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 Families

Life Course Theory and its Impact on Children and Youth with Special Health Care Needs

By Eileen Forlenza
Director, Family Leadership Initiative
AMCHP Board Member
Title V Colorado

As we pulled off the highway, we made our way down a picturesque country road that welcomed us with trees with outstretched arms. It was almost as if we were getting a preemptive hug, a sense that perhaps we should prepare ourselves for a dose of emotion. I was going on a site visit to a long-term residential group home for adults with autism or other profound intellectual deficits and I was going in with my eyes wide open. I was far from my Colorado home, visiting an east coast state known for its history of excellence and dedication to children with special health care needs. My daughter Holly turned 23 this week wedging yet another year between childhood and adulthood. One more year in her unique life living with complex health care needs. As I prepared for this site visit, I convinced myself that it is logical that excellence in services for children will equate to excellence for adults – that service systems for children have mentored their counterparts in the adult system – exchanging best practices and lessons learned. However, logic doesn’t always prevail in the complex world of children and youth with special health care needs (CYSHCN). There is no window more clearly from which to view the truth of the Life Course Theory (LCT) than to examine the quality of life of adults with autism and other developmental disabilities.

LCT is particularly poignant for CYSHCN. Protective factors embedded in federal law on behalf of CYSHCN are demonstrated by Title V programs and the entitlement-based service delivery in newborn screening, early intervention services, special education and health services for children and youth living in poverty. The National Performance Measures (NPMs) asserted by the Maternal and Child Health Bureau are concrete protective factors that should set the rhythm by which a state designs its services on behalf of CYSHCN. While it is clear that Title V cannot do it alone, the NPMs provide the framework by which partnerships and collaborations can build effective systems. Services offered by Title V agencies clearly offset the myriad of risk factors experienced by CYSHCN and their families. LCT states “today’s experiences and exposures influence tomorrow’s health,” which is another way of saying the trajectory of an adult with special health care needs is highly dependent on their childhood and adolescence.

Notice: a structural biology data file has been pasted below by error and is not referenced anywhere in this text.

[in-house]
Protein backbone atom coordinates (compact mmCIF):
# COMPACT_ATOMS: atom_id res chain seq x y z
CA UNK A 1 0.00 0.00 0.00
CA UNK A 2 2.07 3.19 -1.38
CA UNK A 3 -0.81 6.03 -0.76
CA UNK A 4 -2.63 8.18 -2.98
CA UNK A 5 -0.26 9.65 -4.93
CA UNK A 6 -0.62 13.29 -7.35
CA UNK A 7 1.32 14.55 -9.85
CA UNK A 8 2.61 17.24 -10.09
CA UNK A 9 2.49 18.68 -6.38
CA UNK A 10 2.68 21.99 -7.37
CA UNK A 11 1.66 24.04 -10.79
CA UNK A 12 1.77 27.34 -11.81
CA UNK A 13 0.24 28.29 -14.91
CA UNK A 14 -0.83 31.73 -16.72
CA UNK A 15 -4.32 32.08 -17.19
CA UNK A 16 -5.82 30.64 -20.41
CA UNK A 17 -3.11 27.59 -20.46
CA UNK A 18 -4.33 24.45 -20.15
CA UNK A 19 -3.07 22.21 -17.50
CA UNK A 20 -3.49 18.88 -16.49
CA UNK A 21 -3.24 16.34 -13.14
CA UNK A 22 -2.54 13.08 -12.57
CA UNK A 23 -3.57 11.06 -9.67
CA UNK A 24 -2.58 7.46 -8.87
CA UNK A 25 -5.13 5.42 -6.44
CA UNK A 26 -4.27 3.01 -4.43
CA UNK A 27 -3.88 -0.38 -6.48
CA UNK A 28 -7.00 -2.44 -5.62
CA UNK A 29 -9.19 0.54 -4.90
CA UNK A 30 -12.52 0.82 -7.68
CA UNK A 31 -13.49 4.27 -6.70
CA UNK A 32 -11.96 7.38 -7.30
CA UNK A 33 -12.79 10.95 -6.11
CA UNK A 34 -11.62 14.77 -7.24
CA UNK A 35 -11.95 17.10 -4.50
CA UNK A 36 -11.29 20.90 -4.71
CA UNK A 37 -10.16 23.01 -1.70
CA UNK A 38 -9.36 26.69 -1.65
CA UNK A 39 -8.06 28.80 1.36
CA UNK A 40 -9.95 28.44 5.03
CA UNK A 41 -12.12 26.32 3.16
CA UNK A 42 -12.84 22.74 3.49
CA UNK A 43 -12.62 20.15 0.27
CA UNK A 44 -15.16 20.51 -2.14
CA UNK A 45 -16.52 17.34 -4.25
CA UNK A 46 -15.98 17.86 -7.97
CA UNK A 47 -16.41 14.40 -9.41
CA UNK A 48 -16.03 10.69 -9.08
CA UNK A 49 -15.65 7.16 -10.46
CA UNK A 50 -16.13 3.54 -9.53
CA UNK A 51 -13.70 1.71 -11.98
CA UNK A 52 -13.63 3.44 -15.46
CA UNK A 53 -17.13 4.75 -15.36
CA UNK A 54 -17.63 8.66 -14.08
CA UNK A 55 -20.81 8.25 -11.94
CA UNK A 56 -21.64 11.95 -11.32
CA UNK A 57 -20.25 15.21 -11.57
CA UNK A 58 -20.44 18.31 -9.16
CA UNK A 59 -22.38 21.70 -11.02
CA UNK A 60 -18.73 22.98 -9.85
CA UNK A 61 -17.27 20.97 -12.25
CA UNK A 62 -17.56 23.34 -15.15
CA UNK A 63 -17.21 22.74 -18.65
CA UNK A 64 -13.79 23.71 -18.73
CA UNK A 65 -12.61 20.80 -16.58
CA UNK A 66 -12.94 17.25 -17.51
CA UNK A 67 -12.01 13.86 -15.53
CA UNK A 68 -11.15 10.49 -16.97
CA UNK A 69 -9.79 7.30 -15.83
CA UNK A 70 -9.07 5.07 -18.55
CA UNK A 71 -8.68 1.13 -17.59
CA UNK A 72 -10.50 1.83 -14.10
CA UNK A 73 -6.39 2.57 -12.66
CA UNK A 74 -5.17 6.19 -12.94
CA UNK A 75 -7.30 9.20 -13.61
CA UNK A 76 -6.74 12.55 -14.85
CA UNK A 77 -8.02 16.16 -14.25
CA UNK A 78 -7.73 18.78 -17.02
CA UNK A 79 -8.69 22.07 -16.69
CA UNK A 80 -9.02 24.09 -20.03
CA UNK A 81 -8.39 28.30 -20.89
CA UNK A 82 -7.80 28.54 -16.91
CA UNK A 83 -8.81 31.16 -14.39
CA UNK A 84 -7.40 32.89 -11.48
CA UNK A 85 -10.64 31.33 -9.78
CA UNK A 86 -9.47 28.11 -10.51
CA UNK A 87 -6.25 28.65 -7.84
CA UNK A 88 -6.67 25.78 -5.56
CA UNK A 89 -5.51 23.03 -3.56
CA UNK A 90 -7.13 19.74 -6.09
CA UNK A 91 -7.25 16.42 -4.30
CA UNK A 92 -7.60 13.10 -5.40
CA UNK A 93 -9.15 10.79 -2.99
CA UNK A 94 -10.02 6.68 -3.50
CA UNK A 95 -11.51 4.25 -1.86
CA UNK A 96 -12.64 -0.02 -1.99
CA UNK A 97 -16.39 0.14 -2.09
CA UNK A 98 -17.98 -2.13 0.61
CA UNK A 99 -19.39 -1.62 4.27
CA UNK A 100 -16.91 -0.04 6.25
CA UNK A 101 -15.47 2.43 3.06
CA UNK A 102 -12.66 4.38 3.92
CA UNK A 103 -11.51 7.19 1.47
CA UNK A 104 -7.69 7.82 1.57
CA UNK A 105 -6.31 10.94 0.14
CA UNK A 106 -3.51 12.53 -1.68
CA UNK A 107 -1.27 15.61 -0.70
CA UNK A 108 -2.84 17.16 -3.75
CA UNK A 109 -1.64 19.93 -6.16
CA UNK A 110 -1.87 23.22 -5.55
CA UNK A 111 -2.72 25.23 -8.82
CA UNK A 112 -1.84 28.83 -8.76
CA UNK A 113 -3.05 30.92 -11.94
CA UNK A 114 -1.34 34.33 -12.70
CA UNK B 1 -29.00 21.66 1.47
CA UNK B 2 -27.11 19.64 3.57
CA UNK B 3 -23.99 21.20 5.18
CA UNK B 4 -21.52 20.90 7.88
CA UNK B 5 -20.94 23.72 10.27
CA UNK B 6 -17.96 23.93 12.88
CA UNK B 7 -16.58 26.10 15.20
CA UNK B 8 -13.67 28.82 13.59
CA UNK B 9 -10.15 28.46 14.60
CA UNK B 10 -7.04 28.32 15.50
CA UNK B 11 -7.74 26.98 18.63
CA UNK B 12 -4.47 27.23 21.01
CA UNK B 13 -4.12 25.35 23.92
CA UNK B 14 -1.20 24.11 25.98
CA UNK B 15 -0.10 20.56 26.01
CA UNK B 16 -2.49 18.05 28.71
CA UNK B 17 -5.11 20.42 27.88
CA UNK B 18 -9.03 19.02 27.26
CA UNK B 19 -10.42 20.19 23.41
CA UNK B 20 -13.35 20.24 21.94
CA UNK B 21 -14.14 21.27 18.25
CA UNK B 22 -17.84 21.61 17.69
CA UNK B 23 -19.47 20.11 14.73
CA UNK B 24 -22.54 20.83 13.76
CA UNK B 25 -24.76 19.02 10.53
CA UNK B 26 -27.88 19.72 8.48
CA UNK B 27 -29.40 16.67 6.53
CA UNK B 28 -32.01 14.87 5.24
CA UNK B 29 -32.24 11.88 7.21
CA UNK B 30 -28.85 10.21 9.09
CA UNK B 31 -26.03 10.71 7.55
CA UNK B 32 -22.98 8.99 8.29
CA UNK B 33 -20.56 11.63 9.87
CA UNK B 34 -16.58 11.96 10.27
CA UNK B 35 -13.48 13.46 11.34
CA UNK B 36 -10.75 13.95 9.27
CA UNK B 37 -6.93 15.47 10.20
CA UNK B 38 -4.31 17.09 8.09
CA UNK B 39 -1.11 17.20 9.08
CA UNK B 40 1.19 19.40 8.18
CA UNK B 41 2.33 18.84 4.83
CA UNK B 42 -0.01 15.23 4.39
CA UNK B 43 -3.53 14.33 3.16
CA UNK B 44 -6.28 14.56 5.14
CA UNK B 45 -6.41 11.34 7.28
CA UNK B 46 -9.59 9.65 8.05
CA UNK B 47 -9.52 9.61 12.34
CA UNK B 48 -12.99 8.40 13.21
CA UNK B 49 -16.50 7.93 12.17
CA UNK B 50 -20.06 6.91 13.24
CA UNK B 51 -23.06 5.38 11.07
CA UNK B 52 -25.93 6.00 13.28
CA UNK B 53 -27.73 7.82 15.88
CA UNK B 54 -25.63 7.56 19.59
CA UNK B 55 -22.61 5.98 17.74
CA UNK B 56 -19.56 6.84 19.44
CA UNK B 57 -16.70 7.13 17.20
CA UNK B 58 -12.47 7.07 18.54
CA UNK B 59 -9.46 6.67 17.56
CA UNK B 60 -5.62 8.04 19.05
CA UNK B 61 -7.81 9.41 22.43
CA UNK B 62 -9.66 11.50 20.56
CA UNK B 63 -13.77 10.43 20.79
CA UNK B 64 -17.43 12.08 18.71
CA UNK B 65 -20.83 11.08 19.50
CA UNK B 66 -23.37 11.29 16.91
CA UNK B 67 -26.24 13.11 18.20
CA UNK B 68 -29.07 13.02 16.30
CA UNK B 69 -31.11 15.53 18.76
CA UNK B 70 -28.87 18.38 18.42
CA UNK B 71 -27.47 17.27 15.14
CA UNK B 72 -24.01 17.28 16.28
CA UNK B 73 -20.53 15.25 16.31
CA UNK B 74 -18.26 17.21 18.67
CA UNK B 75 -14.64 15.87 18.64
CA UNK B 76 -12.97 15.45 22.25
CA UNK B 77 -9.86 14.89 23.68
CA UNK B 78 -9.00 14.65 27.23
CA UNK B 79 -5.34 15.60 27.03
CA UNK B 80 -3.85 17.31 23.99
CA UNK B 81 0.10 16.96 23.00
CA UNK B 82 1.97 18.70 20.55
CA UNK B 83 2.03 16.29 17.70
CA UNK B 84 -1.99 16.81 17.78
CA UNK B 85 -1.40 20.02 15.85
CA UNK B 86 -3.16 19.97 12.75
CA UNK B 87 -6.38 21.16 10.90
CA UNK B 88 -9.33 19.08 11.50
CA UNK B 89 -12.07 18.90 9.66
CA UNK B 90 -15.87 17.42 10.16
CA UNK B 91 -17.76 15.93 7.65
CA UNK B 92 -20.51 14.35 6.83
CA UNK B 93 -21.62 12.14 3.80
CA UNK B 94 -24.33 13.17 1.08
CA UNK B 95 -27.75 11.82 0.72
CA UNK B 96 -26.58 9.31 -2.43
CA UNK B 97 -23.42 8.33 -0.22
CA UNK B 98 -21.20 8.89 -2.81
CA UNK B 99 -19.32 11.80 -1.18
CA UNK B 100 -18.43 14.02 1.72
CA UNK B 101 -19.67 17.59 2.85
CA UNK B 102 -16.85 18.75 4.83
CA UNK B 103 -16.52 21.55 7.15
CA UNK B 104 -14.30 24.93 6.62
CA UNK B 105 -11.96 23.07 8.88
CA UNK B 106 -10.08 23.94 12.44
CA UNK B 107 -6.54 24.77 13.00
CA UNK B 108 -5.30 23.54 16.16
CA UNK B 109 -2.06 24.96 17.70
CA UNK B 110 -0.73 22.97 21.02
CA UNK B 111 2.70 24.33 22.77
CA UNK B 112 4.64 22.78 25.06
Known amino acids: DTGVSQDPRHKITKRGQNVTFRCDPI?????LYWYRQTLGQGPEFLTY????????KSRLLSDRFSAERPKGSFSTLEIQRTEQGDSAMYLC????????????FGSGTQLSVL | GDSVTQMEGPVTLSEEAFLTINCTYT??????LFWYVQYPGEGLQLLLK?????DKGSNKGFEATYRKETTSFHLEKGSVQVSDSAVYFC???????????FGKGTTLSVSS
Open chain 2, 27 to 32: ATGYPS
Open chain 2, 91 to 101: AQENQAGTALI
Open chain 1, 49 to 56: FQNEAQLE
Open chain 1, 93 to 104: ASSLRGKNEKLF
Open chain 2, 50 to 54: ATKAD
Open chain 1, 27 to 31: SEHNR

With the integration of drinking fountains, schools and busses, our country also proclaimed that children should not be warehoused in state-run institutions simply due to complex health care needs. For this, we should rejoice! As individuals with disabilities were no longer cared for in large aggregate settings, they were integrated into their communities. The problem is we forgot to tell the community. Our schools, synagogues, churches, recreation centers and neighborhoods were simply not prepared. However, the focus of the bottom of the maternal and child health pyramid addresses this phenomenon. Building sustainable systems of care, anchored by population-based initiatives, assures that CYSHCN will have positive outcomes through the life course.

Leaving the long-term residential home, neatly tucked away in the rural countryside, I was choked with emotion. As I looked into the eyes of the non-verbal residents, I knew I was seeing the reflection of Holly. At 23 years old, she was raised in the era of an enlightened country, supported by Title V programs, the Individuals with Disabilities Education Act (IDEA) and integrated communities. And yet, this is what Holly’s adult life may look life. Isolated, tucked away, predictable and living in an environment where being non-verbal is the norm. I ponder what her choices will be and how the system will hold itself accountable during cycles of budget restraints and political warfare.

And so, to my fellow colleagues who work tirelessly to improve the health of women and children, I implore you to embrace LCT when considering the journey of CYSHCN. Let us proclaim that as a community of learners we were prepared, innovative and wise.